Saturday, March 17, 2018

GateHouse: Death for drug dealers not so far-fetched

Matthew T. Mangino
GateHouse Media
March 16, 2018
President Donald Trump wants to impose the death penalty on drug dealers. Death for drug dealers is the focus of a brutal campaign by Philippines President Rodrigo Duterte whose “drug war” has, according to Human Rights Watch, resulted in more than 12,000 extrajudicial deaths.
I’m not sure that Trump wants armed militia cruising the streets, knocking-off reputed drug dealers, but is anyone ever really sure what President Trump has planned?
In a recent campaign speech in Pittsburgh, President Trump said, “These people are killing our kids and they’re killing our families, and we have to do something.” He went on to say, “I think it’s a discussion we have to start thinking about (the death penalty for drug dealers). I don’t know if we’re ready — I don’t know if this country’s ready for it.”
However, if Trump intends to pursue the death penalty for drug dealers through the criminal court system his idea may not be so far-fetched.
The death penalty has been exclusively for those convicted of first-degree murder since the death penalty was reinstated in 1976.
The Supreme Court cited evolving standards of decency to outlaw the death penalty for the rape of an adult in 1977. In 2008, the court found that there is a distinction between first-degree murder and nonhomicide crimes against individual persons, even child rape.
U.S. Supreme Court Justice Anthony Kennedy wrote in 2008, “As it relates to crimes against individuals, though, the death penalty should not be expanded to instances where the victim’s life was not taken.”
According to the Death Penalty Information Center, an anti-death penalty website, two states — Florida and Missouri — have the death penalty for drug dealers on their books. The federal government also has the death penalty for trafficking large quantities of drugs.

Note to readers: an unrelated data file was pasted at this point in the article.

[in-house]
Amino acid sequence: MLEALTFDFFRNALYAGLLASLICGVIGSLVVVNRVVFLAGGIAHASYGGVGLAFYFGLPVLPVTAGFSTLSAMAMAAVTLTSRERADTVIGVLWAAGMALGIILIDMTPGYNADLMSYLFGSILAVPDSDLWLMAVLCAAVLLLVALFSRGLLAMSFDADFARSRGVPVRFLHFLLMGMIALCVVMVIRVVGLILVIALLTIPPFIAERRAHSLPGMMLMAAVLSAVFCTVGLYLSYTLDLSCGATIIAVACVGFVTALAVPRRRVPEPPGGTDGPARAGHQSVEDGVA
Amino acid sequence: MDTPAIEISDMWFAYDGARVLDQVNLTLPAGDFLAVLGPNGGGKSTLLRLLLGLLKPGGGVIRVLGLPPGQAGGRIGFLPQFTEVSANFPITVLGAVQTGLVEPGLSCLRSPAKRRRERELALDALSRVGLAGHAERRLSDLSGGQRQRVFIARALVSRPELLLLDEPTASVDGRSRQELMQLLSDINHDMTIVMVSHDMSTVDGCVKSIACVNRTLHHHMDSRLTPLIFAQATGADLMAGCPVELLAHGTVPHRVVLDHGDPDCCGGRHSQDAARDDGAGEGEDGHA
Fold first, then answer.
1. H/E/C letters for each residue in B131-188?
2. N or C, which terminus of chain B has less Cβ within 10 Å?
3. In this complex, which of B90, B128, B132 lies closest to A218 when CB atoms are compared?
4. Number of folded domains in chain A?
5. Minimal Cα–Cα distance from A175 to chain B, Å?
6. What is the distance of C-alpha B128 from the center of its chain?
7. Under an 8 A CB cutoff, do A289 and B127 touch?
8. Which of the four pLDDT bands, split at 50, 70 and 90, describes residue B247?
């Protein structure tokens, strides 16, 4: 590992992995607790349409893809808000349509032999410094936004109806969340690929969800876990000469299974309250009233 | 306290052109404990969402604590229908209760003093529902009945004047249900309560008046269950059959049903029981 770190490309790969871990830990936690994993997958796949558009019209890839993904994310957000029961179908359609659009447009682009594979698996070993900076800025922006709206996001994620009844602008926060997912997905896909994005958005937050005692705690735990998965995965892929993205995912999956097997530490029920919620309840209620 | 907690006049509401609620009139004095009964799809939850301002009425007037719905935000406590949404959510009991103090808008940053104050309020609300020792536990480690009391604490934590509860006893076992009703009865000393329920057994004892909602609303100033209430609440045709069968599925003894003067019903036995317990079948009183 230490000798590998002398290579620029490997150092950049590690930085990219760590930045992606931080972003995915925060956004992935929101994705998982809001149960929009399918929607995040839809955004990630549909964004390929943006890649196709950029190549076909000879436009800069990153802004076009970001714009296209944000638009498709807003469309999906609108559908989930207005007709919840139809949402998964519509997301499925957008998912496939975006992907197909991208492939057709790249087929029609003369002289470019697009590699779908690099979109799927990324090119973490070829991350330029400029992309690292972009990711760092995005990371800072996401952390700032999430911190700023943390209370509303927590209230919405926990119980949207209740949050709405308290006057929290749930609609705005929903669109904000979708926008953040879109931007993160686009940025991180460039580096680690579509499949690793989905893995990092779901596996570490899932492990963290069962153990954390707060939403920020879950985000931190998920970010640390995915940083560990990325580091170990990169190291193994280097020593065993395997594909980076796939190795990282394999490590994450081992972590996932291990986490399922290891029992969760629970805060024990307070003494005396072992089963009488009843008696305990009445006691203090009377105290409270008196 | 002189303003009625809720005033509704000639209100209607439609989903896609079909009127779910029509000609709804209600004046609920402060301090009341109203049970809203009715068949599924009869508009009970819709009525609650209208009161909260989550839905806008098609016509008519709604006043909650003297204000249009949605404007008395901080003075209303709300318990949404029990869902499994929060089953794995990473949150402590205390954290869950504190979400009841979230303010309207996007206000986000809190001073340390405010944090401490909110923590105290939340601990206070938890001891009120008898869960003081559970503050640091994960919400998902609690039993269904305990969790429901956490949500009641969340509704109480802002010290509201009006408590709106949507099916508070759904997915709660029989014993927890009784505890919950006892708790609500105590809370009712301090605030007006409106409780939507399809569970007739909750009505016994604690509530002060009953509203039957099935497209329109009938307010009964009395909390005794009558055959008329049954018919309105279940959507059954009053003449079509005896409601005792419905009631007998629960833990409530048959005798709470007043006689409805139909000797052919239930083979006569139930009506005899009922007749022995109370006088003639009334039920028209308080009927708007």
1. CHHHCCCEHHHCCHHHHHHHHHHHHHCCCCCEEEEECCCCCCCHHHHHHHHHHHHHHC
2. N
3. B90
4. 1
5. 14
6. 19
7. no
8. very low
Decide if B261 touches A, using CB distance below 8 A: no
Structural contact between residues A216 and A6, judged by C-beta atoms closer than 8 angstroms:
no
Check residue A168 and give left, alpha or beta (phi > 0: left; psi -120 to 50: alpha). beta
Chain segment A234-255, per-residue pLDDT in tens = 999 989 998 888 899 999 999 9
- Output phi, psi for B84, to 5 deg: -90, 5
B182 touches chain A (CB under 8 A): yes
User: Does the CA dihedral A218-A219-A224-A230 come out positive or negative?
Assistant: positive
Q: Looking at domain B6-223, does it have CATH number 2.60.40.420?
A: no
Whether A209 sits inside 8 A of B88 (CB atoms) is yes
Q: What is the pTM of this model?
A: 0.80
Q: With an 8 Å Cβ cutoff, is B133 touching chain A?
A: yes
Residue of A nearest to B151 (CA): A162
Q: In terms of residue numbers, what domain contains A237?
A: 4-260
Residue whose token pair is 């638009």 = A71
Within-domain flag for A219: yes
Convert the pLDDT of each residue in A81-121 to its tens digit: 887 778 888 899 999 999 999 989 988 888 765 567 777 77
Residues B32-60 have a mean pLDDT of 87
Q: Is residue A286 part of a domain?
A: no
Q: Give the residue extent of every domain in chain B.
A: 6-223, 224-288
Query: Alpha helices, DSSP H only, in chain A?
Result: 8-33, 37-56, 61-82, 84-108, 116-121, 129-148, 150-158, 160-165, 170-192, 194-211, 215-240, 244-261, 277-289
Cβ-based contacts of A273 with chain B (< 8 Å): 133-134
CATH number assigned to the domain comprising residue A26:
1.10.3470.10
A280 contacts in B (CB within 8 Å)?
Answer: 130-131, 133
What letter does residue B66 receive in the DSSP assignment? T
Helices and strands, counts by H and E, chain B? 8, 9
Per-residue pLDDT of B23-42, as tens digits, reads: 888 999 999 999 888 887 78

The Trump administration is studying a proposal that could allow prosecutors to seek the death penalty for drug dealers as a way to address the opioid crisis. Opioids killed nearly 64,000 people in 2016, and the crisis is straining local health and emergency services.
According to the Washington Post, people familiar with the discussions said that the president’s Domestic Policy Council and the Department of Justice are studying the possibility of making trafficking large quantities of fentanyl — a powerful synthetic opioid — a capital crime because even small amounts of the drug can be fatal. The Trump administration’s authority would be limited to federal law and the federal government has been squeamish about executions. There have been only three executions by the federal government in the last 55 years.
In 1972, the Supreme Court ruled that the death penalty laws in place were unconstitutional because there were no rational, objective standards for when the death penalty would be imposed.
Four years later, the Court found that Georgia’s amended death penalty statute was “judicious” and “careful.” The new statute provided for a bifurcated trial — one to determine guilt and one for sentencing. During the sentencing, or penalty phase, specific jury findings of “aggravating circumstances” were necessary to impose the death penalty. The Eighth Amendment violations disappeared, and the death penalty was once again constitutional.
How would the death penalty look for a nonhomicide offense?
Once a defendant is convicted of drug trafficking the jury would then move into the penalty phase of trial — juries must make death penalty decisions — or impose some other penalty provided by statute.
The whole idea of imposing the death penalty on drug dealers comes as interest in the death penalty wanes. There have been only 47 executions nationwide in the last three years. Support for the death penalty has fallen below 50 percent for the first time in the modern era of the death penalty.
Imposing the death penalty on drug dealers will be a stretch, but probably has a better chance of happening than the erection of a wall from the Pacific Ocean to the Gulf of Mexico.
Matthew T. Mangino is of counsel with Luxenberg, Garbett, Kelly & George P.C. His book The Executioner’s Toll, 2010 was released by McFarland Publishing. You can reach him at and follow him on Twitter @MatthewTMangino.
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